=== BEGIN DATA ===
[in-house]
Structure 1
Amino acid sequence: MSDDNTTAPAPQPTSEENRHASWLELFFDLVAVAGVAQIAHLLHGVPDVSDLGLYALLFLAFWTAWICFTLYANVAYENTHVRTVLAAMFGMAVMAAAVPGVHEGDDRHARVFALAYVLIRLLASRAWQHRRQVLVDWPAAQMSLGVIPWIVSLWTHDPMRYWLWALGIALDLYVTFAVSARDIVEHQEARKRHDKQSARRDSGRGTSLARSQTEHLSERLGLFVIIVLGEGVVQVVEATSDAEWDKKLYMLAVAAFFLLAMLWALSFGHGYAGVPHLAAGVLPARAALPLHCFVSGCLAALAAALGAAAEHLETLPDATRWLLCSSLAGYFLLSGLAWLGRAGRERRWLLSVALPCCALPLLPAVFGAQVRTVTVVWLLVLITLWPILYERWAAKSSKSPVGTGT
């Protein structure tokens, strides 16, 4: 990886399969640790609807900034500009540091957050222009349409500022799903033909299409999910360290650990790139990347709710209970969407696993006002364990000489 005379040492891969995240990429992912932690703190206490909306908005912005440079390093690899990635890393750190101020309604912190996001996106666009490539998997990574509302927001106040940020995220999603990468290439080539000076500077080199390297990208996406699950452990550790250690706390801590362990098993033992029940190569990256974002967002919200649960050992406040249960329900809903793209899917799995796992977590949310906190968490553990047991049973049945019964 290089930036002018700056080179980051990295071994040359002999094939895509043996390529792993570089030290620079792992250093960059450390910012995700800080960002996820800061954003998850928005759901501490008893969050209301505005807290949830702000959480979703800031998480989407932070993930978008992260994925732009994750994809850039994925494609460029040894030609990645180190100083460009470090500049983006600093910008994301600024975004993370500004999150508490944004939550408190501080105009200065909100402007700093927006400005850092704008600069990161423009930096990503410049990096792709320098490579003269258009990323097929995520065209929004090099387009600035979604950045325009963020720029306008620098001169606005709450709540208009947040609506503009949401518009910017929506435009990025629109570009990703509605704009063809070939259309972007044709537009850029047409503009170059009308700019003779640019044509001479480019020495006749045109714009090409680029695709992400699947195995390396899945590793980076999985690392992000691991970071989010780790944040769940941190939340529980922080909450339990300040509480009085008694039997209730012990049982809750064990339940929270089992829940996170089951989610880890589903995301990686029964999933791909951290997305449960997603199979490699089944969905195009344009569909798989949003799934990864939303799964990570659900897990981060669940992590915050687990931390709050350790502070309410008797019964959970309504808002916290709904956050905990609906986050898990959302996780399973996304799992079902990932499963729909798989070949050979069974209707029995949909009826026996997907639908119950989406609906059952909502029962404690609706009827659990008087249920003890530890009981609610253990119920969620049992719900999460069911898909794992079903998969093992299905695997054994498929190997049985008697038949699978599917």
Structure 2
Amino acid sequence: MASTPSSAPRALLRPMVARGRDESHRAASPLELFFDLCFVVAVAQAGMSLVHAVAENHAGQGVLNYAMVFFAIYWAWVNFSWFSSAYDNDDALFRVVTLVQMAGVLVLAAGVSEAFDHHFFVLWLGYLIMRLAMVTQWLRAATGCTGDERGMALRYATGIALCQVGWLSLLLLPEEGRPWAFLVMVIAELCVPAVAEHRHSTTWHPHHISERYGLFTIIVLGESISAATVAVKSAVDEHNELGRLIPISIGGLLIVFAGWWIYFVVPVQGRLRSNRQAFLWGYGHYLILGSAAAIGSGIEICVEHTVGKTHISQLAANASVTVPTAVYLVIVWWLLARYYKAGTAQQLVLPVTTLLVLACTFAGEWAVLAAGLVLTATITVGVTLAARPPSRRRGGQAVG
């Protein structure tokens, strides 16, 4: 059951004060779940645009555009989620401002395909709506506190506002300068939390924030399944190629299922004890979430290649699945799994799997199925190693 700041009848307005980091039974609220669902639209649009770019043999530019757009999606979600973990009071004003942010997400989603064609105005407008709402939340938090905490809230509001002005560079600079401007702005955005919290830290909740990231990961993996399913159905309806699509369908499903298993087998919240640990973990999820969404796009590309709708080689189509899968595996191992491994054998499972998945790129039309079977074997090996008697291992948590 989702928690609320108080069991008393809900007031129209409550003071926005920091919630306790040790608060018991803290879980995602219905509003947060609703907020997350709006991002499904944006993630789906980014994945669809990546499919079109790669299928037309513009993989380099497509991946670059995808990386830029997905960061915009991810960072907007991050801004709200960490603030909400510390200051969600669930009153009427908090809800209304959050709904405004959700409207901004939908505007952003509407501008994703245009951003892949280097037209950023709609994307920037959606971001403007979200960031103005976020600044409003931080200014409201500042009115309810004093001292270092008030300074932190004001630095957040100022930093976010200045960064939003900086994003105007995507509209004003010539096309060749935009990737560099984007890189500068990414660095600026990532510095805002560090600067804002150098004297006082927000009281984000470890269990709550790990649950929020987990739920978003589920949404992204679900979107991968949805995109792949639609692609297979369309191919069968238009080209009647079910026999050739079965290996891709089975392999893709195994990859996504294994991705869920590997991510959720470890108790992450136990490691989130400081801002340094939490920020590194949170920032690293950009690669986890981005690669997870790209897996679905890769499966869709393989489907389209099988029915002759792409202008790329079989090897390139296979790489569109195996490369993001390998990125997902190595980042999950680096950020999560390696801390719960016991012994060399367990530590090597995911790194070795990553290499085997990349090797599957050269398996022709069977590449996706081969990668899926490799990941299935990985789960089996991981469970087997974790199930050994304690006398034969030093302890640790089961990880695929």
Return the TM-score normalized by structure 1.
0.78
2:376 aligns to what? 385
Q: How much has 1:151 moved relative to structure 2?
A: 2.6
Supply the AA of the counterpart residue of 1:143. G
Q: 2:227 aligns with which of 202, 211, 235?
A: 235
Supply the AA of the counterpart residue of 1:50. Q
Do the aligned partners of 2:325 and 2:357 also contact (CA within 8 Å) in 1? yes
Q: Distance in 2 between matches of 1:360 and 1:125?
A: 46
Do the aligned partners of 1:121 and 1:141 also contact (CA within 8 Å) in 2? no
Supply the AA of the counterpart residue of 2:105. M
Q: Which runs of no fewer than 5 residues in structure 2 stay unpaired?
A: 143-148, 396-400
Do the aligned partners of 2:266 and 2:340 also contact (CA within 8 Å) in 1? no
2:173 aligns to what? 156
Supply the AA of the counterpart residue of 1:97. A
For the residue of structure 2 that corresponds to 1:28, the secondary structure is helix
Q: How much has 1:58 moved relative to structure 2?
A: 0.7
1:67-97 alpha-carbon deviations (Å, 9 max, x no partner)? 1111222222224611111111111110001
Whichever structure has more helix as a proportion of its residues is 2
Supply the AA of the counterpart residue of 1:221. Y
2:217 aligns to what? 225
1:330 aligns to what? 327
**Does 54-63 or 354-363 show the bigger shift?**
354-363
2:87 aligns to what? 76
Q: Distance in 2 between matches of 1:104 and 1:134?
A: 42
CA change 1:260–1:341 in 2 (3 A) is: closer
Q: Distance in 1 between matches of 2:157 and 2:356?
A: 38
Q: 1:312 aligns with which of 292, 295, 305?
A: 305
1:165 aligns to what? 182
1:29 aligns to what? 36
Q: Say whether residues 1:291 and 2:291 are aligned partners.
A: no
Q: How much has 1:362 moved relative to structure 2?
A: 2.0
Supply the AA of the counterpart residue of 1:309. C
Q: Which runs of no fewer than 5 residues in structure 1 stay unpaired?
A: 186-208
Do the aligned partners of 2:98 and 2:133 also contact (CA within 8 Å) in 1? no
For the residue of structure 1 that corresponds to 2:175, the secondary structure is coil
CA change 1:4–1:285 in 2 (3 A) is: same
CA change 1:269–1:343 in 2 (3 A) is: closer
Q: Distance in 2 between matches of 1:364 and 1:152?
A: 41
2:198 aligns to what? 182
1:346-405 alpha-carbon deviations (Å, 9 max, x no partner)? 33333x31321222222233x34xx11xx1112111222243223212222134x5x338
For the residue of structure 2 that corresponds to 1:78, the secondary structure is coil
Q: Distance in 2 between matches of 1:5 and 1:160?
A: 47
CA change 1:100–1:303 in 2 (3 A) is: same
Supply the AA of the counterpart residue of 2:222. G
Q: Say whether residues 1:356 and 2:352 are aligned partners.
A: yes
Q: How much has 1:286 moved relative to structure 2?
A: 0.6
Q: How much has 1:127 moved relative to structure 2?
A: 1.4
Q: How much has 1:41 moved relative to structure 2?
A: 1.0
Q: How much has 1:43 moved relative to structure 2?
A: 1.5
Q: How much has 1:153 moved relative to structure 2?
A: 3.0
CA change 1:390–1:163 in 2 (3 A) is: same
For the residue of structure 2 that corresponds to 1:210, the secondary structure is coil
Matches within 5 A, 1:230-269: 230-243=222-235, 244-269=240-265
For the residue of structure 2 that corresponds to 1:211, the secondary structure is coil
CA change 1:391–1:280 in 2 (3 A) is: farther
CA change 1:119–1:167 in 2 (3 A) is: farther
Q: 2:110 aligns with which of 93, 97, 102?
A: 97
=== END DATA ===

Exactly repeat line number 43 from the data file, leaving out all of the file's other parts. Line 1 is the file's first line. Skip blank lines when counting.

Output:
Q: 1:312 aligns with which of 292, 295, 305?